FROM the beginning of next year, a new national database, the Central Register of Stolen and Found Works of Art and Antiquities, will be launched to replace the existing system, police spokesman Viktor Plézel told the SITA newswire.
New technology will allow part of the data to be made accessible to the public via the internet. The database will contain extra statistical data and other information to help police search for stolen antiquities and works of art; it will also be linked to the information systems of other countries. The European Union plans to create a common database for all member states in the near future, Plézel said.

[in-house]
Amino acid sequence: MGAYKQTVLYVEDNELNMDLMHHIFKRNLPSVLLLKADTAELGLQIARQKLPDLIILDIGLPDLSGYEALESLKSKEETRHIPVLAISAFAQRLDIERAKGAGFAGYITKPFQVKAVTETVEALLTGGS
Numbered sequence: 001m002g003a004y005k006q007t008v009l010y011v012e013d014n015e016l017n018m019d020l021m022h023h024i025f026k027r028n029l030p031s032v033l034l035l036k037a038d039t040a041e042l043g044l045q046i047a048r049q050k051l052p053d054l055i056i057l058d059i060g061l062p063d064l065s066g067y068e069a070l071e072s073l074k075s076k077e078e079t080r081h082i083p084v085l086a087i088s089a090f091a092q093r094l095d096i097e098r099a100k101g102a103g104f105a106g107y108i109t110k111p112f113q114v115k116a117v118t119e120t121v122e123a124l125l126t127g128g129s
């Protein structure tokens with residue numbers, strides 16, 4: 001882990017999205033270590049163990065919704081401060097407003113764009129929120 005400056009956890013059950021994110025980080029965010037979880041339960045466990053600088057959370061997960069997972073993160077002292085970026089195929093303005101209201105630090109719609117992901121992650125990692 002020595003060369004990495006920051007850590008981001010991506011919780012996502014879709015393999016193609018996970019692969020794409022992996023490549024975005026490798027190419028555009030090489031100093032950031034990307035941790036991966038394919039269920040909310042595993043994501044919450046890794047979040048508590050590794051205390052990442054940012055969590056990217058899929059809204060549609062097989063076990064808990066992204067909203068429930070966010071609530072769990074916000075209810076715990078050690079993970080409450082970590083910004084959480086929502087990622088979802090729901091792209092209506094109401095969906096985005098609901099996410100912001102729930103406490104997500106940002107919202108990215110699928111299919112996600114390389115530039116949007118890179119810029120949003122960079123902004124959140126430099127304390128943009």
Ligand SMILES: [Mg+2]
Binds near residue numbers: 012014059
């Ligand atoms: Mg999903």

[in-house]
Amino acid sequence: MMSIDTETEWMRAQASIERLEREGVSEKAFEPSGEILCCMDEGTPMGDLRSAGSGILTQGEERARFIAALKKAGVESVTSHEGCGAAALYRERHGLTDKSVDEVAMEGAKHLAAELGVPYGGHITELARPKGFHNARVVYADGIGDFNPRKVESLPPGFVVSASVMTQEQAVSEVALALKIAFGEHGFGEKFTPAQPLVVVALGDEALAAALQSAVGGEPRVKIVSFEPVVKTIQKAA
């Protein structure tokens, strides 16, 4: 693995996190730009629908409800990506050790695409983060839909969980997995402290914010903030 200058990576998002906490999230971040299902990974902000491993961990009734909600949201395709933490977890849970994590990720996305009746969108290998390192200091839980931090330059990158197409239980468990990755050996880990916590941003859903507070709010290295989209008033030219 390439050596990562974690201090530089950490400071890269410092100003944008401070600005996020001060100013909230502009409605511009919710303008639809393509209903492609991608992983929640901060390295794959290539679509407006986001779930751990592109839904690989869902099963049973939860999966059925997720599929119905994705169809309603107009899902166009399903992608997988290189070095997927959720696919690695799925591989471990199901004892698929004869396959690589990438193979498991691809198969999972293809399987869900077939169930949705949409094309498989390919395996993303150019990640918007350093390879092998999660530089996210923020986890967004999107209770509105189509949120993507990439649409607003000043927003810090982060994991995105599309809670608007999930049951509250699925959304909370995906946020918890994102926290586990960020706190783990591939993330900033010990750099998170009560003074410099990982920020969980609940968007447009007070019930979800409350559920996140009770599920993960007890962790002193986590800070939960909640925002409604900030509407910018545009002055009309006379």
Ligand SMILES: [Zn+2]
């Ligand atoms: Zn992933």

Police statistics suggest that criminality connected with theft of works of art or burglaries of historical buildings declined in 2007 and the first quarter of 2008; also, the clear-up rate in such criminal cases has improved. Slovakia joining the Schengen zone has not had a strong effect on such criminal activity, Police spokesperson Andrea Polačiková said.
In combating such crimes, the police closely co-operate with the Culture Ministry. For thieves, archaeological finds remain attractive, since goods from them are profitable and can be traded on the market for cultural and historical items.
4. Aug 2008 at 0:00 | Compiled by Spectator staff from pres reports